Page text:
‘Solve Basotho’s problems’

‘Solve Basotho’s problems’

WHEN former Prime Minister Thomas Thabane resigned on May 18, 2020, the world was embroiled in a devastating Covid-19 pandemic.
Suddenly, the fate of the Basotho fell into the hands of an MP from Ha-

Thetsane who suddenly appeared unprepared for the job.
I once watched a movie when a plane was about to go down, the pilot and co-pilot have been immobilised, and suddenly some poor benighted gentleman, suddenly finds himself in the pilot’s chair, trying to land a Boeing 747 on a stormy night on a landing strip.
Majoro is in similar circumstances.

The question is will Majoro land this plane safely in 2022? What will he do now that he is suddenly in charge?
Basotho now look at Majoro in a different way. His friends no longer completely trust him, his enemies are working actively to undercut him. His ability to come to terms with an accidental premiership will make or break his political career.

The All Basotho Convention (ABC)’s National Executive Committee (NEC) had insisted on appointing Prime Minister Thabane’s successor in government from the NEC but some members of the National Assembly including Minister Tefo Mapesela refused to be limited to the NEC.
The NEC conceded and allowed the process to be inclusive of all ABC legislators. That became Dr Majoro’s breakthrough and on March 29, 2020, members of the ABC caucus elected a person who was to succeed Thabane as prime minister of Lesotho.

Dr Majoro had 26 votes, beating ABC chairperson Samuel Rapapa who got 18. Ministers Prince Maliehe (Transport) and Samonyane Ntsekele (Water) received one vote each. So it is very clear that Majoro was neither the voters’ nor the ABC NEC’s choice.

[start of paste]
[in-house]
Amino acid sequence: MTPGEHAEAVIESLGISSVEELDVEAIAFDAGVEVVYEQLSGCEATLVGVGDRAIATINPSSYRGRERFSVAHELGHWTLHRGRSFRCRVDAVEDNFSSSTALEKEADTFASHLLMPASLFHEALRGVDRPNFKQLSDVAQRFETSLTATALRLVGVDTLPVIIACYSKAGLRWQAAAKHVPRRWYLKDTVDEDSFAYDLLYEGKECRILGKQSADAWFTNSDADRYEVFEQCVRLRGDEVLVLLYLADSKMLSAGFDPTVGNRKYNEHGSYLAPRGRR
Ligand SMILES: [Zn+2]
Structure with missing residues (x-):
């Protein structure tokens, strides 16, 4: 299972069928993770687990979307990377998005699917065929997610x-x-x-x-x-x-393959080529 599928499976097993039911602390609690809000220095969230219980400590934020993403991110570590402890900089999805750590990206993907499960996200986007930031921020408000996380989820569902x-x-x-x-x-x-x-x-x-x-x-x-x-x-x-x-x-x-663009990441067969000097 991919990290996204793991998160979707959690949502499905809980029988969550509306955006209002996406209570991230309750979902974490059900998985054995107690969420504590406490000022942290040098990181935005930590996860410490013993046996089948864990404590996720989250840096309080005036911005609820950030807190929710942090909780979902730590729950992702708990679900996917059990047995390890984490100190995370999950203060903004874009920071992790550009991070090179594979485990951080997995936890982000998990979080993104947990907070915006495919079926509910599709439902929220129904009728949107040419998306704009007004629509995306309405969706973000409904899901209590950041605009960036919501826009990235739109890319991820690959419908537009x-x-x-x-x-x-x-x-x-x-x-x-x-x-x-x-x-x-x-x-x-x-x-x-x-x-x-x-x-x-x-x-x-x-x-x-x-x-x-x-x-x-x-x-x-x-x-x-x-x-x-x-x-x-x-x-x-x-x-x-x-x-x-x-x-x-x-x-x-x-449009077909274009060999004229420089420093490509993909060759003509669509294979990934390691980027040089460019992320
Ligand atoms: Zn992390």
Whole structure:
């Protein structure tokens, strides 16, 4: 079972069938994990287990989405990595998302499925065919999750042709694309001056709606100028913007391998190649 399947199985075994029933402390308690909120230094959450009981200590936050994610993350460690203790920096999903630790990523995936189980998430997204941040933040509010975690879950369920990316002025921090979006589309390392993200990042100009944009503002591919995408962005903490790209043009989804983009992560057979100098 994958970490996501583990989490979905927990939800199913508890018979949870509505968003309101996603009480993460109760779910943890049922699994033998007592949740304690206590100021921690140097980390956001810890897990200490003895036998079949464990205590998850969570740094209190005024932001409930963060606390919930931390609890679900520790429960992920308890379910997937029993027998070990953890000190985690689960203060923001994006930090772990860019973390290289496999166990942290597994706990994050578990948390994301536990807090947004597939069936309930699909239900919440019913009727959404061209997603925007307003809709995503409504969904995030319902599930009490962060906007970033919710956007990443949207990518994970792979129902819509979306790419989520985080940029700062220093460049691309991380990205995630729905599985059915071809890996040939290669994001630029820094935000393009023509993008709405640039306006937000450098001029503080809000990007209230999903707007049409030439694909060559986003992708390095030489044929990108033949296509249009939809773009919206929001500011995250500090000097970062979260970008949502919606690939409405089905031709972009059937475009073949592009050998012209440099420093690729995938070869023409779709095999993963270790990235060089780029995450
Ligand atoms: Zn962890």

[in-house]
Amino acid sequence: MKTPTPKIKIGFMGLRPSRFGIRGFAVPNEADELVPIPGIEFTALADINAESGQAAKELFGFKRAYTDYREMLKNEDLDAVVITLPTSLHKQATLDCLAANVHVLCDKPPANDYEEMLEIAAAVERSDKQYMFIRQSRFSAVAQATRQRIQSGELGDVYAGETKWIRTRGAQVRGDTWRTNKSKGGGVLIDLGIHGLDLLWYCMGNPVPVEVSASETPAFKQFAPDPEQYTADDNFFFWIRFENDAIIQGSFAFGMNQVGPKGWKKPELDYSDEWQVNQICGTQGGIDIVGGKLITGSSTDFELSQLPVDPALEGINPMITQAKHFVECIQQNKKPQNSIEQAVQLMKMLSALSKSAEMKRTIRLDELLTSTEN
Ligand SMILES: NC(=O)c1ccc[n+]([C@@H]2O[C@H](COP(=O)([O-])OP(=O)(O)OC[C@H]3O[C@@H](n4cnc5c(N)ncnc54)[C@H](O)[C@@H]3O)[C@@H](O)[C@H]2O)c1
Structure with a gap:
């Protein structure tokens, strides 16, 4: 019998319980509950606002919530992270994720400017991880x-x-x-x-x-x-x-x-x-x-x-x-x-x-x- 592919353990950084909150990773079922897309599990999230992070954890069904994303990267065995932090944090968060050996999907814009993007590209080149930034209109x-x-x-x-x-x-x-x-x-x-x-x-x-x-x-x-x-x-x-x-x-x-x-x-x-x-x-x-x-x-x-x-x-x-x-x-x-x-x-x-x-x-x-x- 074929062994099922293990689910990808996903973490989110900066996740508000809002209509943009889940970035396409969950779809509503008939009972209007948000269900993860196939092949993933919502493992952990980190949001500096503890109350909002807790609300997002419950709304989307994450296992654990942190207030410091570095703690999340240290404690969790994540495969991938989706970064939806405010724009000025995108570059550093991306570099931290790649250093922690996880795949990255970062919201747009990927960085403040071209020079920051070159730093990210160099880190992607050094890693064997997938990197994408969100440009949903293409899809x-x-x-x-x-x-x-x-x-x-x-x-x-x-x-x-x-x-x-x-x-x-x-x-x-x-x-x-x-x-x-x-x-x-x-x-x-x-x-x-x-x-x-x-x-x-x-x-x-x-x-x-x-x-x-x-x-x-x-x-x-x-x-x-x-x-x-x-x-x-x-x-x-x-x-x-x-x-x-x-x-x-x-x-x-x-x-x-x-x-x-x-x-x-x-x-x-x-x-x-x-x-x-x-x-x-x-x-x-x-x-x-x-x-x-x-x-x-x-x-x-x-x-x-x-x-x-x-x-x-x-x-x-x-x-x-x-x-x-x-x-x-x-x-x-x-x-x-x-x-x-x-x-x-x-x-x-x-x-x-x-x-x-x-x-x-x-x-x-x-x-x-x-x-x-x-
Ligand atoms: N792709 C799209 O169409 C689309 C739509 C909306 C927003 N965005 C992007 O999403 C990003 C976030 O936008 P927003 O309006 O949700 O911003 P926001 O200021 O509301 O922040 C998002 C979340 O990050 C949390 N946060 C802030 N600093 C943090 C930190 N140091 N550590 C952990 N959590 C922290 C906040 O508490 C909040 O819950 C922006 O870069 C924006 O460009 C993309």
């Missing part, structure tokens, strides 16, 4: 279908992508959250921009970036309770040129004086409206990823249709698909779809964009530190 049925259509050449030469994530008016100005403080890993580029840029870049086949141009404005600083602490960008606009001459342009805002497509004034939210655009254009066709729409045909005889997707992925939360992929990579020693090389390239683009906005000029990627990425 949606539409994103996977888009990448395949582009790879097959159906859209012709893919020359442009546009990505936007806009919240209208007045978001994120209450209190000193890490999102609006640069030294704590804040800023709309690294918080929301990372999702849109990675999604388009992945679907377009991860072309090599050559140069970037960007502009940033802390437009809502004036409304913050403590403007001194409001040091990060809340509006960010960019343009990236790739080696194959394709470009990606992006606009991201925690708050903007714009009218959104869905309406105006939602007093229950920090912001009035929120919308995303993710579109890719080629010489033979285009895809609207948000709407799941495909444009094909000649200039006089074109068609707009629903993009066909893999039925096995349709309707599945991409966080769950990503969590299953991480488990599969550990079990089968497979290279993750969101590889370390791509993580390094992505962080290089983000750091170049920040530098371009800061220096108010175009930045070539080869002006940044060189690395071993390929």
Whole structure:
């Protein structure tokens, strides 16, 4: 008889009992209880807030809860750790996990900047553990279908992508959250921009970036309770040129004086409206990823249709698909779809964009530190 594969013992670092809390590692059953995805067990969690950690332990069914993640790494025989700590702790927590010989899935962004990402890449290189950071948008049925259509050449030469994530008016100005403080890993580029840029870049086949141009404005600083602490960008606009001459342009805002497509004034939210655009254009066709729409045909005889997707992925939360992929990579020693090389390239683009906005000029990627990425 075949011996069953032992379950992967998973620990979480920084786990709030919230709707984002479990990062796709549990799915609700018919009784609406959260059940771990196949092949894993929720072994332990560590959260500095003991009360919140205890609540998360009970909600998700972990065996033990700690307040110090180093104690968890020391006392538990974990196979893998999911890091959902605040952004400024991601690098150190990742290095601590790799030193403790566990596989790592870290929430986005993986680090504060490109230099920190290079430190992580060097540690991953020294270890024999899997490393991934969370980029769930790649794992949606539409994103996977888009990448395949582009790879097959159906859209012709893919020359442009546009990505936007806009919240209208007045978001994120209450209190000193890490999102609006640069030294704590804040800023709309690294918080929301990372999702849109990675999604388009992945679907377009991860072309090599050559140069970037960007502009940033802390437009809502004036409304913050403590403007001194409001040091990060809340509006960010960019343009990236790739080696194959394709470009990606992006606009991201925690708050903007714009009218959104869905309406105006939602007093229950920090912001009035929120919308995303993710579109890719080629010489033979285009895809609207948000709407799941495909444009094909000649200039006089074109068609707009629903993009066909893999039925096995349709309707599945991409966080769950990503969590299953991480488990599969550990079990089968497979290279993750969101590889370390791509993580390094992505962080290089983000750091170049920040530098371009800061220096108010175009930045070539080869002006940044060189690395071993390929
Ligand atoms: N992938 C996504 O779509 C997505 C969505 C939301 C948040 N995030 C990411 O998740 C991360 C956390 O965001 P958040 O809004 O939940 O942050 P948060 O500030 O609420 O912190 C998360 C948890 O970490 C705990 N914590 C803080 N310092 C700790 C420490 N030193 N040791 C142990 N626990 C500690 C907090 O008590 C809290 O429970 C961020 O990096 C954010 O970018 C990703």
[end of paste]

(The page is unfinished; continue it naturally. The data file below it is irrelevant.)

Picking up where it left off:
It was during the special meeting of the State Council on Monday 18 May 2020, where His Majesty King Letsie III was advised to appoint Majoro as Prime Minister designate. He was later sworn in at the Royal Palace in Maseru on May 20, 2022.

I never thought he could be the Prime Minister of the Kingdom of Lesotho. Not everyone is impressed by Dr. Majoro’s political trajectory. He became a member of the Senate in 2012 during the first coalition government led by Thabane.

In 2017 he stood for the first time as an All Basotho Convention (ABC) candidate for Ha Thetsane in the snap elections. He won and became a member of the National Assembly representing the people of Thetsane. He was then appointed Finance Minister.

We remember him as the Finance Minister who was unable to achieve austerity measures. No one ever thought he could be a Prime Minister. To me Majoro is an accidental Prime Minister.
Dr Majoro is the first beneficiary of the ninth Amendment to the constitution of the Kingdom of Lesotho. I am convinced those who proposed the ninth amendment had never been able to anticipate the preparations necessary for a man to become Prime Minister so suddenly.

Dr. Majoro stumbled into leadership. I am saying he stumbled into leadership because he was pushed by ABC legislators. Dr. Majoro never set out to lead, but he was focusing on his functional specialty and was having a difficult time handling our economy.